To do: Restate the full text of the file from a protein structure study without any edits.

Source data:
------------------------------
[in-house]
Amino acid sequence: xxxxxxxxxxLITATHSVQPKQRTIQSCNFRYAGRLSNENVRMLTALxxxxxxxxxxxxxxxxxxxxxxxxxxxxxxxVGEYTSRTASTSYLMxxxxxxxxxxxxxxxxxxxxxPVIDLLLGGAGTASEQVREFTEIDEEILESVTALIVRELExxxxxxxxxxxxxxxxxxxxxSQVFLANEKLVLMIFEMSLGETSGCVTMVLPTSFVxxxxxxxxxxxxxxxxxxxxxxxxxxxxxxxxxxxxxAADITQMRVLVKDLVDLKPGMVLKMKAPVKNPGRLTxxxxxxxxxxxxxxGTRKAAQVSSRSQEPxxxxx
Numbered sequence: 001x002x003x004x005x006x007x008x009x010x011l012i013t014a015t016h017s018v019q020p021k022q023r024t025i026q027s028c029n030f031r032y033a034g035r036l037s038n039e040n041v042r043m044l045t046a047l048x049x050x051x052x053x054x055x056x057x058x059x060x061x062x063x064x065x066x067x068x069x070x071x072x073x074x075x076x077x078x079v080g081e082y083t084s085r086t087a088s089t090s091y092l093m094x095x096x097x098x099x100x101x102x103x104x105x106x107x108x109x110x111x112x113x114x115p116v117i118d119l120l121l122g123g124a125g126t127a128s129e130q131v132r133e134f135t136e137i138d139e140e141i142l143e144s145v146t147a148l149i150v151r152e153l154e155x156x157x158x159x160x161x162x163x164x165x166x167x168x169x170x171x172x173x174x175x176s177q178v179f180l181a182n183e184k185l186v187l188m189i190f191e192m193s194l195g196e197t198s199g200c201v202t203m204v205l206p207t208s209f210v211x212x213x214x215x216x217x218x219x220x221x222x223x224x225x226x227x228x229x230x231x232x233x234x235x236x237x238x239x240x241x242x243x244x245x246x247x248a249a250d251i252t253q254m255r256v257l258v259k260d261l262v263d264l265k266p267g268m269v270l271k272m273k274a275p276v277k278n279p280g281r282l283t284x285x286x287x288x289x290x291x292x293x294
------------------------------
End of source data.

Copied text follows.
[in-house]
Amino acid sequence: xxxxxxxxxxLITATHSVQPKQRTIQSCNFRYAGRLSNENVRMLTALxxxxxxxxxxxxxxxxxxxxxxxxxxxxxxxVGEYTSRTASTSYLMxxxxxxxxxxxxxxxxxxxxxPVIDLLLGGAGTASEQVREFTEIDEEILESVTALIVRELExxxxxxxxxxxxxxxxxxxxxSQVFLANEKLVLMIFEMSLGETSGCVTMVLPTSFVxxxxxxxxxxxxxxxxxxxxxxxxxxxxxxxxxxxxxAADITQMRVLVKDLVDLKPGMVLKMKAPVKNPGRLTxxxxxxxxxxxxxxGTRKAAQVSSRSQEPxxxxx
Numbered sequence: 001x002x003x004x005x006x007x008x009x010x011l012i013t014a015t016h017s018v019q020p021k022q023r024t025i026q027s028c029n030f031r032y033a034g035r036l037s038n039e040n041v042r043m044l045t046a047l048x049x050x051x052x053x054x055x056x057x058x059x060x061x062x063x064x065x066x067x068x069x070x071x072x073x074x075x076x077x078x079v080g081e082y083t084s085r086t087a088s089t090s091y092l093m094x095x096x097x098x099x100x101x102x103x104x105x106x107x108x109x110x111x112x113x114x115p116v117i118d119l120l121l122g123g124a125g126t127a128s129e130q131v132r133e134f135t136e137i138d139e140e141i142l143e144s145v146t147a148l149i150v151r152e153l154e155x156x157x158x159x160x161x162x163x164x165x166x167x168x169x170x171x172x173x174x175x176s177q178v179f180l181a182n183e184k185l186v187l188m189i190f191e192m193s194l195g196e197t198s199g200c201v202t203m204v205l206p207t208s209f210v211x212x213x214x215x216x217x218x219x220x221x222x223x224x225x226x227x228x229x230x231x232x233x234x235x236x237x238x239x240x241x242x243x244x245x246x247x248a249a250d251i252t253q254m255r256v257l258v259k260d261l262v263d264l265k266p267g268m269v270l271k272m273k274a275p276v277k278n279p280g281r282l283t284x285x286x287x288x289x290x291x292x293x294